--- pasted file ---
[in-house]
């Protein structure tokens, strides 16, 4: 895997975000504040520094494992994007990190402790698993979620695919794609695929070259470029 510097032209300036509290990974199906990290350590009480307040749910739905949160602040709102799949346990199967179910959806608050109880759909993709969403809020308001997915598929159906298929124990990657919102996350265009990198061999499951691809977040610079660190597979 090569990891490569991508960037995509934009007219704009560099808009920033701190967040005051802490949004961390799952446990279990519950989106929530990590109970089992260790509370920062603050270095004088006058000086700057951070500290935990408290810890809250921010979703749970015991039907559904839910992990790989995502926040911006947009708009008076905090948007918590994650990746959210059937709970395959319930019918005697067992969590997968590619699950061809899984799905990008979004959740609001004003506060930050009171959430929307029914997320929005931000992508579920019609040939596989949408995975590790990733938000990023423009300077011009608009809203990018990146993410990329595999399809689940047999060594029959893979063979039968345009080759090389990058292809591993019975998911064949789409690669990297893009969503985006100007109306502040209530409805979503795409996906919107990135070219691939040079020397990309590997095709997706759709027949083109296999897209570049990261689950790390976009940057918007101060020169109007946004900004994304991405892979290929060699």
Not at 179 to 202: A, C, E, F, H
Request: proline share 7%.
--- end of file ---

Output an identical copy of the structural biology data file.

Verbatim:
[in-house]
């Protein structure tokens, strides 16, 4: 895997975000504040520094494992994007990190402790698993979620695919794609695929070259470029 510097032209300036509290990974199906990290350590009480307040749910739905949160602040709102799949346990199967179910959806608050109880759909993709969403809020308001997915598929159906298929124990990657919102996350265009990198061999499951691809977040610079660190597979 090569990891490569991508960037995509934009007219704009560099808009920033701190967040005051802490949004961390799952446990279990519950989106929530990590109970089992260790509370920062603050270095004088006058000086700057951070500290935990408290810890809250921010979703749970015991039907559904839910992990790989995502926040911006947009708009008076905090948007918590994650990746959210059937709970395959319930019918005697067992969590997968590619699950061809899984799905990008979004959740609001004003506060930050009171959430929307029914997320929005931000992508579920019609040939596989949408995975590790990733938000990023423009300077011009608009809203990018990146993410990329595999399809689940047999060594029959893979063979039968345009080759090389990058292809591993019975998911064949789409690669990297893009969503985006100007109306502040209530409805979503795409996906919107990135070219691939040079020397990309590997095709997706759709027949083109296999897209570049990261689950790390976009940057918007101060020169109007946004900004994304991405892979290929060699």
Not at 179 to 202: A, C, E, F, H
Request: proline share 7%.